Outlook In the old days, when Tesco showed slight signs of wobbling, it would always quickly correct itself.
Under the firm, even masterful, guidance of Sir Terry Leahy, this quarter's slip in sales would always turn out to be next quarter's brilliant strategy. He was ahead of the game and ahead of the curve. Rivals wilted.
If some fools in the City or some tools in the press questioned his moves, why should he care? He's Sir Terry and he knows more than you.
Philip Clarke doesn't have that aura. It is his misfortune to have taken charge just as a vicious consumer recession was brewing (Leahy's retirement timing was typically impeccable) but even allowing for that, he's got some convincing to do.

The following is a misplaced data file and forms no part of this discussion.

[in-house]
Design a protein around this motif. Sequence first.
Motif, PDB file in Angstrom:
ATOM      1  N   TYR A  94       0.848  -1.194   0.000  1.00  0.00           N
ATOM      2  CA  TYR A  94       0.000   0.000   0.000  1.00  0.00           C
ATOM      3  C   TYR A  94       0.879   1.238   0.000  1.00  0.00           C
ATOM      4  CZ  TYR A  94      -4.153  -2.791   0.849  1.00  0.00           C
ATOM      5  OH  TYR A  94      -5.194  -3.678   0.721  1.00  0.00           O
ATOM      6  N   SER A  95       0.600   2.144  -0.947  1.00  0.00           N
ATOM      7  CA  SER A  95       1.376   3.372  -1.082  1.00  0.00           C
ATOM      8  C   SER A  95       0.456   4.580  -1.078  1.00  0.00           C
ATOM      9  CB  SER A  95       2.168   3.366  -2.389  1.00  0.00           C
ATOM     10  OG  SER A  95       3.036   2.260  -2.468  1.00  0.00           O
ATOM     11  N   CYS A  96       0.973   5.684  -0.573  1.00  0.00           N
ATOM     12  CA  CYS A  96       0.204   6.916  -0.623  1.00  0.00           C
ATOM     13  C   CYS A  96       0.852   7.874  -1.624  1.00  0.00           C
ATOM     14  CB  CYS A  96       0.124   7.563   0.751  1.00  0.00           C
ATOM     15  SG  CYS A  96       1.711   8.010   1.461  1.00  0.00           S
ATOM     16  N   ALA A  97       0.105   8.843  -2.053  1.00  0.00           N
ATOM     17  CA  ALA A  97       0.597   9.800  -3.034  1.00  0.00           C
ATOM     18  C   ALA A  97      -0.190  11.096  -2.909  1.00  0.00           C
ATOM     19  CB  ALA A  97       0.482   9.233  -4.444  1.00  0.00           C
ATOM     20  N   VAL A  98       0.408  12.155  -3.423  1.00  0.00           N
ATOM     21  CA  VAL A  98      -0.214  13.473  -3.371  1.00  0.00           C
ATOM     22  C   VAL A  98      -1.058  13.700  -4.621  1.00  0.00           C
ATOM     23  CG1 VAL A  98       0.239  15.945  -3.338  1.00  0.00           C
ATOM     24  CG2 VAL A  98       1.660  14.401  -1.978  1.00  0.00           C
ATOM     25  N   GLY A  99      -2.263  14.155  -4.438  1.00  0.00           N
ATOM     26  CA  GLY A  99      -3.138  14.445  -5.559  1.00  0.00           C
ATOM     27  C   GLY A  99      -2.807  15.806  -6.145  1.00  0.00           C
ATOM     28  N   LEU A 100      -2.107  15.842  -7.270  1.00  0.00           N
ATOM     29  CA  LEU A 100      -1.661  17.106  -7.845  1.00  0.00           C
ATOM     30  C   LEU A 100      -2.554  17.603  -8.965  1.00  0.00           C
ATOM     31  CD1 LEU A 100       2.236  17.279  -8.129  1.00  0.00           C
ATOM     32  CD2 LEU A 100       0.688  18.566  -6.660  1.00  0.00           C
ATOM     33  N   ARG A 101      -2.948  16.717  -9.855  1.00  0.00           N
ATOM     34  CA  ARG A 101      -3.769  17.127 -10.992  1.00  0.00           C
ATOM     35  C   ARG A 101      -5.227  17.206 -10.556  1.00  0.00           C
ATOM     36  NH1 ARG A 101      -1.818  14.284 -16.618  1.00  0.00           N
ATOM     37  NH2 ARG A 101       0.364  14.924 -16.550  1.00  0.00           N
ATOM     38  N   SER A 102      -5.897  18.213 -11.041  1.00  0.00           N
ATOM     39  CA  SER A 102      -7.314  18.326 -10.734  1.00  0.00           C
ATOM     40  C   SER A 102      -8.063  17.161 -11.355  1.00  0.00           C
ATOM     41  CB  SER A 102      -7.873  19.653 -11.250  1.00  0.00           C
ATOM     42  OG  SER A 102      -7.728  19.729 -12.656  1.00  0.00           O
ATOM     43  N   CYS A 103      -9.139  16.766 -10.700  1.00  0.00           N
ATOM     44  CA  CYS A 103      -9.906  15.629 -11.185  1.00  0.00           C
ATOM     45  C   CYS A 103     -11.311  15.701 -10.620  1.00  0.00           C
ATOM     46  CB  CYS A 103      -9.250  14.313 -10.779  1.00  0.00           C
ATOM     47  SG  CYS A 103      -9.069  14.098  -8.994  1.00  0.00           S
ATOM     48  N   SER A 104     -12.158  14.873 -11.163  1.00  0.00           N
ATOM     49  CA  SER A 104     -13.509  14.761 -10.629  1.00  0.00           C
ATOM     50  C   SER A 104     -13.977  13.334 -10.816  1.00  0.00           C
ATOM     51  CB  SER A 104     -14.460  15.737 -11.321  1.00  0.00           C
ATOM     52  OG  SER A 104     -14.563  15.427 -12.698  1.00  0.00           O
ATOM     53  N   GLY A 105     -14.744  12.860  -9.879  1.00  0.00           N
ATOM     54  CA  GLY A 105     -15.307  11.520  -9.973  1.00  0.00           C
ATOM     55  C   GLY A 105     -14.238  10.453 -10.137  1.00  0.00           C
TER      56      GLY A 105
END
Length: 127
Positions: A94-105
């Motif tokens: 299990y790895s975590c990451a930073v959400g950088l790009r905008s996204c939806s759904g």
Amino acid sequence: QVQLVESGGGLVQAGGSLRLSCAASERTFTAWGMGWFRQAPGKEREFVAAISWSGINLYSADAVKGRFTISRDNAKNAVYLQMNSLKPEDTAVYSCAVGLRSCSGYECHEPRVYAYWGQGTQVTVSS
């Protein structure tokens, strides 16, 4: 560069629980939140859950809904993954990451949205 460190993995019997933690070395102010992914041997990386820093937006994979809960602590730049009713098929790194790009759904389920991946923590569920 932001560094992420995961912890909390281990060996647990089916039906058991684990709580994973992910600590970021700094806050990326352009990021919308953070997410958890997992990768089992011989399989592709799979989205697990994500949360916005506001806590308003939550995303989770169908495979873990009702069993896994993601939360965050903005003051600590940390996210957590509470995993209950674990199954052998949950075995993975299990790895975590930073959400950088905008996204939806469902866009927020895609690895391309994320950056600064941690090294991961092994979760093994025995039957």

It's not just that yesterday's sales update (don't call it a profit warning, plead the spinners) was bad.
It's that several wheels seem in danger of coming off at once. The Big Price Drop didn't work.
Other offers, Double Points, Discount Brands, seem unnecessarily fiddly, and consumers have noticed. If the UK profits fall, Mr Clarke doesn't have the money to invest in getting America right. So he scraps the US adventure. Shareholder confidence plummets and Asda takes advantage. Tesco flounders. It could happen.